Upon its independence, declared in 1830, Belgium participated in the Industrial Revolution and, during the course of the 20th century, possessed a number of colonies in Africa. This continuing antagonism has led to several far-reaching reforms, resulting in a transition from a unitary to a federal arrangement during the period from 1970 to 1993. Belgium is a member of the Eurozone, NATO, OECD and WTO. Its capital, hosts several of the EUs official seats as well as the headquarters of major international organizations such as NATO. Belgium is a part of the Schengen Area, Belgium is a developed country, with an advanced high-income economy and is categorized as very high in the Human Development Index. A gradual immigration by Germanic Frankish tribes during the 5th century brought the area under the rule of the Merovingian kings, a gradual shift of power during the 8th century led the kingdom of the Franks to evolve into the Carolingian Empire. Many of these fiefdoms were united in the Burgundian Netherlands of the 14th and 15th centuries, the Eighty Years War divided the Low Countries into the northern United Provinces and the Southern Netherlands.
The latter were ruled successively by the Spanish and the Austrian Habsburgs and this was the theatre of most Franco-Spanish and Franco-Austrian wars during the 17th and 18th centuries. The reunification of the Low Countries as the United Kingdom of the Netherlands occurred at the dissolution of the First French Empire in 1815, although the franchise was initially restricted, universal suffrage for men was introduced after the general strike of 1893 and for women in 1949. The main political parties of the 19th century were the Catholic Party, French was originally the single official language adopted by the nobility and the bourgeoisie
A speleothem, commonly known as a cave formation, is a secondary mineral deposit formed in a cave. Speleothems typically form in limestone or dolostone solutional caves, the term speleothem as first introduced by Moore, is derived from the Greek words spēlaion cave + théma deposit. The definition of speleothem in most publications, specifically excludes secondary mineral deposits in mines, the cave environment has influenced the minerals deposition. More than 250 cave mineral deposits exist, the vast majority of speleothems are calcareous, composed of calcium carbonate in the form of calcite or aragonite, or calcium sulfate in the form of gypsum. Calcareous speleothems form via carbonate dissolution reactions, calthemites which occur on concrete structures, are created by completely different chemistry to speleothems. Speleothems take various forms, depending on whether the water drips, condenses, many speleothems are named for their resemblance to man-made or natural objects. Speleogens are formations within caves that are created by the removal of bedrock, although sometimes similar in appearance to speleothems in caves formed by dissolution, these are formed by the cooling of residual lava within the lava tube.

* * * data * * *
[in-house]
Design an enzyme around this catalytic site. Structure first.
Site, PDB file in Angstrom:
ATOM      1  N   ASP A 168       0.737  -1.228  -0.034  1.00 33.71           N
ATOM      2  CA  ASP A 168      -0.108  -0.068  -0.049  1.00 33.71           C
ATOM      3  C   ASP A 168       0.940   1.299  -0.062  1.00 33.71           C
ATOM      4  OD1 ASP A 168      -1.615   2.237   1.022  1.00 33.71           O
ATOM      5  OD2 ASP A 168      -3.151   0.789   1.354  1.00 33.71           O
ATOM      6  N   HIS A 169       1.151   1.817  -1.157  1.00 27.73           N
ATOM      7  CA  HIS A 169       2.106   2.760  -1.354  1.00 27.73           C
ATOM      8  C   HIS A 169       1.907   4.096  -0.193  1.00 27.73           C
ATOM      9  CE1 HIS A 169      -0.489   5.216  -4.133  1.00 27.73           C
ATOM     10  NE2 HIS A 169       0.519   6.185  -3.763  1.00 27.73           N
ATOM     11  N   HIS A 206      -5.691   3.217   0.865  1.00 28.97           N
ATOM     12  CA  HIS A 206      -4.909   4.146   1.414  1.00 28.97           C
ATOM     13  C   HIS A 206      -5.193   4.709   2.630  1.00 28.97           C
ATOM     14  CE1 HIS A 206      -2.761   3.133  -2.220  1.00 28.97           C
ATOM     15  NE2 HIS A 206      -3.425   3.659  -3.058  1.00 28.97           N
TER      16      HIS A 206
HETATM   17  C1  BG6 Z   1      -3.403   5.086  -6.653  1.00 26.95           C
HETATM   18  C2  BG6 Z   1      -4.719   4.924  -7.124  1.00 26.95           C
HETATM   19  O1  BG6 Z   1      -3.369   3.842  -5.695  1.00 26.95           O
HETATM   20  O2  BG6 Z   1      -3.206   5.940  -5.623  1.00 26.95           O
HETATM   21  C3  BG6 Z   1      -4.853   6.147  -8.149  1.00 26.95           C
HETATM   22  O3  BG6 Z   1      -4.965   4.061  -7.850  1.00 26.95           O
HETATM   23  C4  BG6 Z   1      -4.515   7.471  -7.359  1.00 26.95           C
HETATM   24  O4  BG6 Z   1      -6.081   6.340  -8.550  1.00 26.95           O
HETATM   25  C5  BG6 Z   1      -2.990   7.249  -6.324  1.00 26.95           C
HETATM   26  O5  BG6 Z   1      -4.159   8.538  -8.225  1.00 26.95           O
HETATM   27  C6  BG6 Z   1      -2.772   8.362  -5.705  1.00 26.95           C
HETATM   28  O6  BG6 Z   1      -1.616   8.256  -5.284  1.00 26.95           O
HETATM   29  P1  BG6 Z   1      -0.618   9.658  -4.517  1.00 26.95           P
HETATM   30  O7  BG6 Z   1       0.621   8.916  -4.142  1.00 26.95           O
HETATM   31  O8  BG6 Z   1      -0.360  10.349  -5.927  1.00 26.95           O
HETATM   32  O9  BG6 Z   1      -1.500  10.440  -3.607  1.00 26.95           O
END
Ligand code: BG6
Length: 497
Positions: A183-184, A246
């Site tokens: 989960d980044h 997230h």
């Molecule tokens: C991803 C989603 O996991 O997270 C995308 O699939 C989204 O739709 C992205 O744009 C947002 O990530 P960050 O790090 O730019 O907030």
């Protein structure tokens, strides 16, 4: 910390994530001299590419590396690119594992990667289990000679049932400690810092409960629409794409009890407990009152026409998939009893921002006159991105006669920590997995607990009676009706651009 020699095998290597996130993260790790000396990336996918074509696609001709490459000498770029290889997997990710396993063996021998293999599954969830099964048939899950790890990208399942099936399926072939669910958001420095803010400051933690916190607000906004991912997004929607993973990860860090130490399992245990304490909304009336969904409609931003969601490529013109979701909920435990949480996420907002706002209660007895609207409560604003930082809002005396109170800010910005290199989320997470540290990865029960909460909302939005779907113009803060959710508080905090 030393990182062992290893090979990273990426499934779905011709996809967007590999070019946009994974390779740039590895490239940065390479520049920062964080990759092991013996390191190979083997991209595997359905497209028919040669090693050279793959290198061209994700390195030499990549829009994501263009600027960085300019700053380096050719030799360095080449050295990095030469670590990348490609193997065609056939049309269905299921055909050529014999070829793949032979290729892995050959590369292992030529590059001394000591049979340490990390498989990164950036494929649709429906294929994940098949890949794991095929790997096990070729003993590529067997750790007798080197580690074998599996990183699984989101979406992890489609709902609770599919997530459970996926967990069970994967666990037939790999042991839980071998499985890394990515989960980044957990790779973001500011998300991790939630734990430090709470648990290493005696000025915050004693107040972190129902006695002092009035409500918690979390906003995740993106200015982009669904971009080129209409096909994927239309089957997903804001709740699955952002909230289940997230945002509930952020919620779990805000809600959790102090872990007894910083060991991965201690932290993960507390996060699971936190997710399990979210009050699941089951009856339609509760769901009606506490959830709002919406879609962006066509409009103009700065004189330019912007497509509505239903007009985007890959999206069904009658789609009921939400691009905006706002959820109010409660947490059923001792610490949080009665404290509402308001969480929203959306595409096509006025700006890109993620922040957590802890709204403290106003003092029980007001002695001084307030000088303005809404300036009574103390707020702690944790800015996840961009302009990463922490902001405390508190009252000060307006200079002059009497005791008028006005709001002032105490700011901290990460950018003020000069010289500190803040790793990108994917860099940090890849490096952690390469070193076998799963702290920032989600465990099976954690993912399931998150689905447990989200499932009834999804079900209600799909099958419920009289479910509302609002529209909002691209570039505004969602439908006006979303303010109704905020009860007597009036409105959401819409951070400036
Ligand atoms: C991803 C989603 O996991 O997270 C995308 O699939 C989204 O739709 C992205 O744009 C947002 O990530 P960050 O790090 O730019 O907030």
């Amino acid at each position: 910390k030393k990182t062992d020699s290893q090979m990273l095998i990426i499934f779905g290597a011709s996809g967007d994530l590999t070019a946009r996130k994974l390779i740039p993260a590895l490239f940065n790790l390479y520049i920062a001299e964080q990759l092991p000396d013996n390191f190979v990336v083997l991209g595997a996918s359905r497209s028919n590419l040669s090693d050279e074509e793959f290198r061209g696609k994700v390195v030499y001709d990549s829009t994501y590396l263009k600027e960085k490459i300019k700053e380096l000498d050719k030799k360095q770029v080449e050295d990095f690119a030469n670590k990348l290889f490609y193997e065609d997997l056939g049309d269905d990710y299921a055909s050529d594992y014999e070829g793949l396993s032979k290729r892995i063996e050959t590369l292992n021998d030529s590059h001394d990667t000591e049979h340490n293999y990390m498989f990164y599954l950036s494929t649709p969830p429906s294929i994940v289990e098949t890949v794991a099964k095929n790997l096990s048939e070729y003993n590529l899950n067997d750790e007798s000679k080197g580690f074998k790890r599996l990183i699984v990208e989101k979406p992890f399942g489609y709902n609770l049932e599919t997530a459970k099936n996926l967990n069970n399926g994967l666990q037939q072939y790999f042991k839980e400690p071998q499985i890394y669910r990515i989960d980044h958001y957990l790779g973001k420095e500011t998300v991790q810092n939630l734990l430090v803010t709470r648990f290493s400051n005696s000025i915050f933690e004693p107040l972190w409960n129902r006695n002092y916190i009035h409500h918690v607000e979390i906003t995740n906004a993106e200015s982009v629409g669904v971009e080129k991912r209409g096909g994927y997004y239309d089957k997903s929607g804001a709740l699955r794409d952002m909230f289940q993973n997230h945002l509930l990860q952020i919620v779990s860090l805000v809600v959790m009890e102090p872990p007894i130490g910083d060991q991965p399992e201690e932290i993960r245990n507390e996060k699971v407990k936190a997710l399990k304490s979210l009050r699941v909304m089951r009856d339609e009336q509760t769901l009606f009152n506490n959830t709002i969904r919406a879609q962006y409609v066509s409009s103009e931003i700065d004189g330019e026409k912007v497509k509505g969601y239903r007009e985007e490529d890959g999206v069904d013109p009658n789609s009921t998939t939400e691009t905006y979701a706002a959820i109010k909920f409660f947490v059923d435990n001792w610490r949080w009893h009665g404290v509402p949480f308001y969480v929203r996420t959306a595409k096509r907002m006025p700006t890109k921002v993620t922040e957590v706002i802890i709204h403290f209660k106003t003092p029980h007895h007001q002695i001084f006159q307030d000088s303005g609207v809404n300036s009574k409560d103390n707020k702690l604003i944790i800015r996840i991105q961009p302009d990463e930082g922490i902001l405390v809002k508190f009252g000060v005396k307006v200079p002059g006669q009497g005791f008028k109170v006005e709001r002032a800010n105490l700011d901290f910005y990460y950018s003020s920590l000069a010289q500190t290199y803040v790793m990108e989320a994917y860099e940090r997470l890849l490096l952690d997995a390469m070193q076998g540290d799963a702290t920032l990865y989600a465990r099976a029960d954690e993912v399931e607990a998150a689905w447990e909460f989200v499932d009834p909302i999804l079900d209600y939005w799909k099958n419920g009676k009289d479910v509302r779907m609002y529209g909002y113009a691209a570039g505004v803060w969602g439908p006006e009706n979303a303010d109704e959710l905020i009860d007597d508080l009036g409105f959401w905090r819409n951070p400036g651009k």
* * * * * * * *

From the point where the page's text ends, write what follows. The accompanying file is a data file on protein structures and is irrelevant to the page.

Speleothems formed from salt and other minerals are known, most cave chemistry revolves around calcium carbonate, the primary mineral in limestone and dolomite. It is a slightly soluble mineral whose solubility increases with the introduction of carbon dioxide and it is paradoxical in that its solubility decreases as the temperature increases, unlike the vast majority of dissolved solids. This decrease is due to interactions with the carbon dioxide, whose solubility is diminished by elevated temperatures, as the dioxide is released. Most other solution caves that are not composed of limestone or dolostone are composed of gypsum, samples can be taken from speleothems to be used like ice cores as a proxy record of past climate changes. A particular strength of speleothems in this regard is their ability to be accurately dated over much of the late Quaternary period using the uranium-thorium dating technique. These can provide clues to past precipitation and vegetation changes over the last ~500,000 years, the radiation centers must be stable on geologic time, i. e. to have a very large lifetime, to make dating possible.
Many other artifacts, such as, e. g. surface defects induced by the grinding of the sample can preclude a correct dating, only a few percents of the samples tested are in fact suitable for dating. This makes the often disappointing for the experimentalists. ESR dating can be tricky and must be applied with discernment and it can never be used alone, One date only is No date, or in other words, multiple lines of evidence and multiple lines of reasoning are necessary in absolute dating. However, good samples might be if all the selection criteria are met. The occurrence of calthemites is often associated with degradation, but could be linked to leaching of lime